The Great (Sushi) Escape
Updated: Jun 29
A couple of years back now, my fishing buddy Steve and I planned and executed a self-indulgent trip to Canada to do battle with the huge and staggeringly prolific Pacific salmon that surge annually up the rivers of the west coast. We intended the trip to be a sort of 'Grizzley Adams' affair, all rustic and unshaven adventure, braving the wild elements, staring down fearsome beasts, and feasting upon a natural bounty of fresh salmon, nuts and berries, prepared in a blackened old frying pan with all the culinary complexity of a French farmers picket line setting fire to a beef-flavoured pot noodle delivery. It was part of the appeal; break away from the traps and trappings of modern life, and free the true hunter-gatherer within.
Of course, reality seldom matches the conjurations of a fertile imagination, and whilst the landscape and fishing in fact exceeded everything I'd hoped for, the whole 'wild man of the woods' thing pretty much lost its appeal after fishing in the incessant rain for two days, and finding out that growing a beard was really rather itchy. So, as the week progressed, Steve and I found our resolve to live on foraged food a particular challenge. By the time we were presented with a plate of raw salmon roe to eat by our guide and host, we'd pretty much gone off the entire idea. Indeed, we had already betrayed this ideal by virtue of sneakily stopping at McDonald's for breakfast every morning. Desperate men do desperate things.
One night however, things peaked. It had been a truly exhilarating and exhausting day's fishing. We'd fought Coho and giant Chinook until the light failed and the bears in the surrounding woods threatened to show us exactly what the 'Big Surprise' would be unless we pushed off, so exhausted and suitably ravenous, we trekked back along the trail and climbed into the car.
This particular day there were 5 of us as Steve, myself and Carl (our British guide) had been joined by Carl's friend Tim, a fellow Geordie, and Tim’s cousin, Ray. 5 large, middle aged and above all, hungry Brits. So when, on a rain sodden, dark, Wednesday night, at almost 9pm, squeaking windscreen wipers briefly reveal a warming pink and green neon sign proclaiming "all you can eat - $30", there was little we could do to resist.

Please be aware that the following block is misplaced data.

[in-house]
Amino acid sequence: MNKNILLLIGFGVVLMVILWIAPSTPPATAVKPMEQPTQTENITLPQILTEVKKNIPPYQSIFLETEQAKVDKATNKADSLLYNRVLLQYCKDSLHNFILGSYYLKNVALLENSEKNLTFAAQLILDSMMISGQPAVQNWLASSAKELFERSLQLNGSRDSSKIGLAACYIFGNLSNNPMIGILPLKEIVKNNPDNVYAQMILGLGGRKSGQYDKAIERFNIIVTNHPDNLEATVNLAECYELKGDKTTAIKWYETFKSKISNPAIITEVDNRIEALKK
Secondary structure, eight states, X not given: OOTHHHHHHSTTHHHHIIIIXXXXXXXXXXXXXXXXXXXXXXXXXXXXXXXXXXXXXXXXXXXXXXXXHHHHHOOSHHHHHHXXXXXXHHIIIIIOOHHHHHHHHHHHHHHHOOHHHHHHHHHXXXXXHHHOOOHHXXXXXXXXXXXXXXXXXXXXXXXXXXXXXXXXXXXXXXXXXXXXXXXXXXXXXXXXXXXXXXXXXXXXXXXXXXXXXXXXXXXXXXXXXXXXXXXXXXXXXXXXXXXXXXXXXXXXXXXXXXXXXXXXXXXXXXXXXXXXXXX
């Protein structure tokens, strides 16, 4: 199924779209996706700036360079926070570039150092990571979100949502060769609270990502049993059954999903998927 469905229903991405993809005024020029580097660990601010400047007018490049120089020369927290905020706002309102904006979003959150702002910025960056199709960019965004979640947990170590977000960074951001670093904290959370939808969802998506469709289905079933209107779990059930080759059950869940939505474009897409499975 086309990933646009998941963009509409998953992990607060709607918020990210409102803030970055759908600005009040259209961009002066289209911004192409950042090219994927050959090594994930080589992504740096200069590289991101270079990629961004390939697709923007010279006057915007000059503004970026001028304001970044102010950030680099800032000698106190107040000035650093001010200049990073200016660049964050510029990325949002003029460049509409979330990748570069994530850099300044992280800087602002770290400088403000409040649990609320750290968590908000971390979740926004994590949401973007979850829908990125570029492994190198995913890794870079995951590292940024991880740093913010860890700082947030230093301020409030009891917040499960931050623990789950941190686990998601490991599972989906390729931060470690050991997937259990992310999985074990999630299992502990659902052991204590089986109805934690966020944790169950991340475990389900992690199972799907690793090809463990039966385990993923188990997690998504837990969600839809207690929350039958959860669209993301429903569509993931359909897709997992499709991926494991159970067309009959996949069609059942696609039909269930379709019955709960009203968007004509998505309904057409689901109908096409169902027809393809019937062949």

We pulled over, shed some of our fishing attire on the pretext that waders would be of little use and possibly the smell would meet with disapproval, and entered the restaurant. It was a Japanese establishment, and really rather plush, with Japanese art adorning the walls, and latticed wood and paper screens partitioning the seating.
It was also absolutely dead.
There was a chef reading a paper at the bar and opposite him a rather severe looking Japanese lady in a striking kimono and wooden sandals, who accessorised her outfit by also wearing an expression that would turn Saki into vinegar. The chef looked up and explained that they were just about to shut up shop as it had been so quiet but they would serve us (apparently despite our appearance). There was an irritated sigh from the direction of the waitress in response.
The waitress begrudgingly showed us to a table and we gratefully sat down, ordered Japanese beers and perused the menu. After a few minutes, she reappeared and, summoning up the last reserves of her tolerance, gave us a thin smile and offered to take our order.
The smile definitely lost its fight with the rest of her face when we explained we didn't want to order from the menu, but wanted the advertised all-you-can-eat-deal. It appeared there was going to be some resistance to this at this point as she rolled her eyes and, muttering, shuffled off over to the chef. There was an inaudible but animated conversation before the chef disappeared and she returned.